What’s warranted?

Recommended practices regarding warranties
The following recommendations are for design professionals relative to warranties:

  1. By the end of the design development or preliminary design phase, establish with the owner the Division 00 documents that will be used. Read and understand their provisions on the correction period and the contractor’s general warranty and guarantee.
  2. During the design phase, obtain from suppliers—especially those who may furnish key items of material and equipment—the language of their standard warranties and review and understand their limitations.
  3. Also during the design phase, obtain from suppliers information on optional special or extended warranties that are available, and request and obtain information on the costs associated therewith. If the owner’s preference for a certain special warranty requirement is unusual for the specified manufacturers, present the proposed special warranty requirements to them and find out if the special warranty could be made available and its associated cost.
  4. Communicate the suppliers’ warranty information and costs to the owner. Ensure warranty discussions with the owner include a mutual understanding of the protections the owner receives under the contractor’s correction period, and general warranty and guarantee. Obtain the owner’s instructions on the desired warranty requirements, and ensure the owner is aware of the costs associated with and limitations of special or extended warranties.
  5. Clearly specify the warranty requirements in the proposed construction contract documents. Obtain advice from the owner’s legal counsel when necessary. Ensure such requirements are properly coordinated with the correction period and general warranty and guarantee provisions of the General Conditions.
  6. During the construction phase, obtain, as submittals, the warranty language proposed by the supplier and enforce compliance with the contractual requirements regarding warranties.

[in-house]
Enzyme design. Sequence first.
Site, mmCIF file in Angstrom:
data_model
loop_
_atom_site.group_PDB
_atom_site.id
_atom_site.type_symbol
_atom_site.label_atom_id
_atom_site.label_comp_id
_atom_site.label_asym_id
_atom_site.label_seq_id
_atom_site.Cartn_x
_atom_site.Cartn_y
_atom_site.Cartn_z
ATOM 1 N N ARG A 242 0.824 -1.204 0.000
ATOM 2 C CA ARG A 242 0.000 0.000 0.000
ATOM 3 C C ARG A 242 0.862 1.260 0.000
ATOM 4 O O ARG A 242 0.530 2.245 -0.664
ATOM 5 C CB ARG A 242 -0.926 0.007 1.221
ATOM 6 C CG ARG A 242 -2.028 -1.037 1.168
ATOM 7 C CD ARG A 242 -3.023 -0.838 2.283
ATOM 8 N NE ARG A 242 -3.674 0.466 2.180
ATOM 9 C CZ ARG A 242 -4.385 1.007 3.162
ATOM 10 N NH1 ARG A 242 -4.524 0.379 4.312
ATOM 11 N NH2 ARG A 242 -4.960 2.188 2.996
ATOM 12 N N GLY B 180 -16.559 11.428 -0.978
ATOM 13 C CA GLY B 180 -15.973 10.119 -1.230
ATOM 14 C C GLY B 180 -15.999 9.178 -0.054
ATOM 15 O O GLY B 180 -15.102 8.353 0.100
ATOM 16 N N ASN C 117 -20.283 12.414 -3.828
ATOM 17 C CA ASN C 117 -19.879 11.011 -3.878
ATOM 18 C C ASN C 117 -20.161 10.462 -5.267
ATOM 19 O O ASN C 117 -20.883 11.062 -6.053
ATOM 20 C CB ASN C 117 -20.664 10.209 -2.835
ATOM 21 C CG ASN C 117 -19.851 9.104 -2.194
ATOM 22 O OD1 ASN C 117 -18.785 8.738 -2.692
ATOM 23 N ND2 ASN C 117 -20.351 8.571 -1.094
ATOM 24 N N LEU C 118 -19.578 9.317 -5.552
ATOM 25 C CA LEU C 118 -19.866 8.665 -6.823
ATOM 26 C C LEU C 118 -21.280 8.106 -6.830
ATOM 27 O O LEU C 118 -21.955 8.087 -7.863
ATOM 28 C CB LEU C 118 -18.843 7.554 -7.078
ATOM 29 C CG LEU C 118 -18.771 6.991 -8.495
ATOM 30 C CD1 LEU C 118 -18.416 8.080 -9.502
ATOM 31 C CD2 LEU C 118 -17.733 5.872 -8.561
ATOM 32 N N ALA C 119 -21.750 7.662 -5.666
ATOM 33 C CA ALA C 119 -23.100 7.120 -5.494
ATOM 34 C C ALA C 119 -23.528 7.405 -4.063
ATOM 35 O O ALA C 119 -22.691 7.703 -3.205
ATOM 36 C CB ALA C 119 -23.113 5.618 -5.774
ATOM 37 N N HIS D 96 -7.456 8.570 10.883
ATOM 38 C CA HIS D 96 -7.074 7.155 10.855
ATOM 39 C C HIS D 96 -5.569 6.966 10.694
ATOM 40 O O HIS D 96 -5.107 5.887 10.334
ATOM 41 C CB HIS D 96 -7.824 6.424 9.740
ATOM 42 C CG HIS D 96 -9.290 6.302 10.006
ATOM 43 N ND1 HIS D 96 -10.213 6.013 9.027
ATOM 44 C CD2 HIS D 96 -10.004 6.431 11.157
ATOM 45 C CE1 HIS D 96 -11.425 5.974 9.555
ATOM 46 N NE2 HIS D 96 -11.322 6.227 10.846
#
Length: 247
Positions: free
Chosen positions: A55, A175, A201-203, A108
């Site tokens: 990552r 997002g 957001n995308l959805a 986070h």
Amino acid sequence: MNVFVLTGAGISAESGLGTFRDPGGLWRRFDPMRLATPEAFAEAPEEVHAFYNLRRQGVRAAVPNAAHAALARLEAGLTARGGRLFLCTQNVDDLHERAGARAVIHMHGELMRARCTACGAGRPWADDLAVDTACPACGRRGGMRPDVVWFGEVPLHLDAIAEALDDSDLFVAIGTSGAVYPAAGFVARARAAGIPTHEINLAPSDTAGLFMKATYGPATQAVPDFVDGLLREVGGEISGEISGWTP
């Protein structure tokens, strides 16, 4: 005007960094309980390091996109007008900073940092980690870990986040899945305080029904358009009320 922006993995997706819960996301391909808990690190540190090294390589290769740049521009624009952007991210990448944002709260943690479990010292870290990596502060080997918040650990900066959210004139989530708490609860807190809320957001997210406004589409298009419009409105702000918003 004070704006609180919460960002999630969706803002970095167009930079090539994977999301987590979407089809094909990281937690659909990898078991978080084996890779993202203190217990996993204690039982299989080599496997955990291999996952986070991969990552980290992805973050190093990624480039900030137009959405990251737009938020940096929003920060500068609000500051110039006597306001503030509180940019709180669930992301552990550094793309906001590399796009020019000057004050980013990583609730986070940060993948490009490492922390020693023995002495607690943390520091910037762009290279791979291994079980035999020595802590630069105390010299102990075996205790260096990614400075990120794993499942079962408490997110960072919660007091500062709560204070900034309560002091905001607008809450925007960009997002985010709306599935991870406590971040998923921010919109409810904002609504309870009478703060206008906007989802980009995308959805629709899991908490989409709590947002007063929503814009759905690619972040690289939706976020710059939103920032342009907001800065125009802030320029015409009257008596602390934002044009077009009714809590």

7. During reviews of construction phase submittals, carefully evaluate the proposed warranty language because suppliers may later take the position approved warranty language governs over the terms of the construction contract between the owner and contractor. Some suppliers may even interpret the warranty language governs over their own purchase order with the contractor.
  8. When equipment is placed into long-term storage between shipment from the factory and permanent installation into the construction, require and enforce on the contractor implementation of the supplier’s recommended actions for long-term storage, such as preventative maintenance (e.g. turning rotational equipment) and proper storage environment. Document such measures were properly performed, to reduce the potential for voiding the manufacturer’s warranty.

When a latent defect is discovered during the correction period, the owner should promptly notify the contractor in accordance with the notice provisions of the contract; frequently, these are in the General Conditions. The temptation to bypass the contractor by directly approaching the supplier should typically be resisted, so the contractor can determine how best to implement the correction. As the defect’s extent and complexity may be unknown at the time notice is given, a pre-determined, stipulated time-to-correct may be counterproductive.

The owner should understand the correction may take some time to implement. Conversely, the contractor should act promptly to implement the remedy. In most cases, the design professional’s scope of services will not include services during the correction period; therefore, serving such notice on the contractor is typically the owner’s responsibility.

This article has indicated there are several types of warranties in effect on a typical construction project, and there are costs and concerns associated with requiring unusual special or extended warranties. During the design stage, warranties should be discussed with the owner in consideration of the costs and benefits associated with the various warranty alternatives. Once the warranty requirements are established via mutual understanding between the owner and design professional, such requirements should be clearly specified at the proper locations in the construction documents, in a manner that allows the owner to properly and effectively enforce its rights under the contract.

The author gratefully acknowledges the advice and comments on drafts of this article from Gerard Cavaluzzi, Esq. (Kennedy/Jenks Consultants [Croton, New York]), Lee Orosco, FCSi, CCS, SSGB (Carollo Engineers [Phoenix, Arizona]), Jason Williams, PE, CCCA (Arcadis [Buffalo, New York]), and Chris Matthews, PE (Arcadis [Columbia, Maryland]).

Kevin O’Beirne, PE, CSI, CCS, CCCA, is a principal engineer and manager of standard construction documents at Arcadis in Buffalo, New York. He is a professional engineer licensed in New York State and Pennsylvania with 29 years of experience designing and constructing water and wastewater infrastructure. O’Beirne served as the FY2014−2015 chair of the Engineers Joint Contract Documents Committee (EJCDC) and is a member of CSI’s MasterFormat Maintenance Task Team. He can be reached at kevin.obeirne@arcadis.com.

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